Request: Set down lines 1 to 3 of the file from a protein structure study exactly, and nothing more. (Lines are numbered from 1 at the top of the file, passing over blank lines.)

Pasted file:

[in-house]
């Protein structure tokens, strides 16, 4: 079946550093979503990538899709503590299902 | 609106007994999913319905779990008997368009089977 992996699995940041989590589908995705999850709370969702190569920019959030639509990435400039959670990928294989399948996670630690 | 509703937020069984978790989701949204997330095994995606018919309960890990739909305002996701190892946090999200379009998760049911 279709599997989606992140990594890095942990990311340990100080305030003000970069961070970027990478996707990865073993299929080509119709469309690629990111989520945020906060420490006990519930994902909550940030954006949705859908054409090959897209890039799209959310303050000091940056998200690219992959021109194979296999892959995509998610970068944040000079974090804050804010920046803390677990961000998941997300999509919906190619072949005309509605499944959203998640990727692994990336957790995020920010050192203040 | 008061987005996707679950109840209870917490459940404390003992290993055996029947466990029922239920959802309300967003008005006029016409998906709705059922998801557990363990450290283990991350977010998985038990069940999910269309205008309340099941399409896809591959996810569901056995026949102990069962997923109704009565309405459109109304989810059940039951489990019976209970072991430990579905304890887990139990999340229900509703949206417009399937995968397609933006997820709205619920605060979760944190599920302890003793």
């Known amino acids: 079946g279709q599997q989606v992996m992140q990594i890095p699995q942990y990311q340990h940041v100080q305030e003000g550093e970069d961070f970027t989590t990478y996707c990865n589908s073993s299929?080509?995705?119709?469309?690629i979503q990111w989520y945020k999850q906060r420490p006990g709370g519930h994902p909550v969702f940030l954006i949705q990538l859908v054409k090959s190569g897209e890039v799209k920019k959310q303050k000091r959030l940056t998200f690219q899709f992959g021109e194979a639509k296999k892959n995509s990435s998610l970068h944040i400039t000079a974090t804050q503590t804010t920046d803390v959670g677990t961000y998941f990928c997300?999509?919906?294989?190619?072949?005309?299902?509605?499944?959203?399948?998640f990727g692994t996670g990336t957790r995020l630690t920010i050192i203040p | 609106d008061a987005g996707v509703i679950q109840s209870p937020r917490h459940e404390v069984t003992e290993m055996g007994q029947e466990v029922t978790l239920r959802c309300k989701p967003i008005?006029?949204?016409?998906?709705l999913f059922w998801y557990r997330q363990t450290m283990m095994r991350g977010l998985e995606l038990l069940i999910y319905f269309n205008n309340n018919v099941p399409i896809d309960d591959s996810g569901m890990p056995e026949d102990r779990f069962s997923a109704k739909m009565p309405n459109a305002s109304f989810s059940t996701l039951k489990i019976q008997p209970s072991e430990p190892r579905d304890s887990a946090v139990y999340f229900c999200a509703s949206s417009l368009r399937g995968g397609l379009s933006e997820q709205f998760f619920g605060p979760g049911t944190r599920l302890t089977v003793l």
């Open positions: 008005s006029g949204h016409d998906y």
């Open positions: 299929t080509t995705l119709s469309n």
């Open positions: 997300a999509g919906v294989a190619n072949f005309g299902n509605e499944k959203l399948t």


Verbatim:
[in-house]
């Protein structure tokens, strides 16, 4: 079946550093979503990538899709503590299902 | 609106007994999913319905779990008997368009089977 992996699995940041989590589908995705999850709370969702190569920019959030639509990435400039959670990928294989399948996670630690 | 509703937020069984978790989701949204997330095994995606018919309960890990739909305002996701190892946090999200379009998760049911 279709599997989606992140990594890095942990990311340990100080305030003000970069961070970027990478996707990865073993299929080509119709469309690629990111989520945020906060420490006990519930994902909550940030954006949705859908054409090959897209890039799209959310303050000091940056998200690219992959021109194979296999892959995509998610970068944040000079974090804050804010920046803390677990961000998941997300999509919906190619072949005309509605499944959203998640990727692994990336957790995020920010050192203040 | 008061987005996707679950109840209870917490459940404390003992290993055996029947466990029922239920959802309300967003008005006029016409998906709705059922998801557990363990450290283990991350977010998985038990069940999910269309205008309340099941399409896809591959996810569901056995026949102990069962997923109704009565309405459109109304989810059940039951489990019976209970072991430990579905304890887990139990999340229900509703949206417009399937995968397609933006997820709205619920605060979760944190599920302890003793």
């Known amino acids: 079946g279709q599997q989606v992996m992140q990594i890095p699995q942990y990311q340990h940041v100080q305030e003000g550093e970069d961070f970027t989590t990478y996707c990865n589908s073993s299929?080509?995705?119709?469309?690629i979503q990111w989520y945020k999850q906060r420490p006990g709370g519930h994902p909550v969702f940030l954006i949705q990538l859908v054409k090959s190569g897209e890039v799209k920019k959310q303050k000091r959030l940056t998200f690219q899709f992959g021109e194979a639509k296999k892959n995509s990435s998610l970068h944040i400039t000079a974090t804050q503590t804010t920046d803390v959670g677990t961000y998941f990928c997300?999509?919906?294989?190619?072949?005309?299902?509605?499944?959203?399948?998640f990727g692994t996670g990336t957790r995020l630690t920010i050192i203040p | 609106d008061a987005g996707v509703i679950q109840s209870p937020r917490h459940e404390v069984t003992e290993m055996g007994q029947e466990v029922t978790l239920r959802c309300k989701p967003i008005?006029?949204?016409?998906?709705l999913f059922w998801y557990r997330q363990t450290m283990m095994r991350g977010l998985e995606l038990l069940i999910y319905f269309n205008n309340n018919v099941p399409i896809d309960d591959s996810g569901m890990p056995e026949d102990r779990f069962s997923a109704k739909m009565p309405n459109a305002s109304f989810s059940t996701l039951k489990i019976q008997p209970s072991e430990p190892r579905d304890s887990a946090v139990y999340f229900c999200a509703s949206s417009l368009r399937g995968g397609l379009s933006e997820q709205f998760f619920g605060p979760g049911t944190r599920l302890t089977v003793l």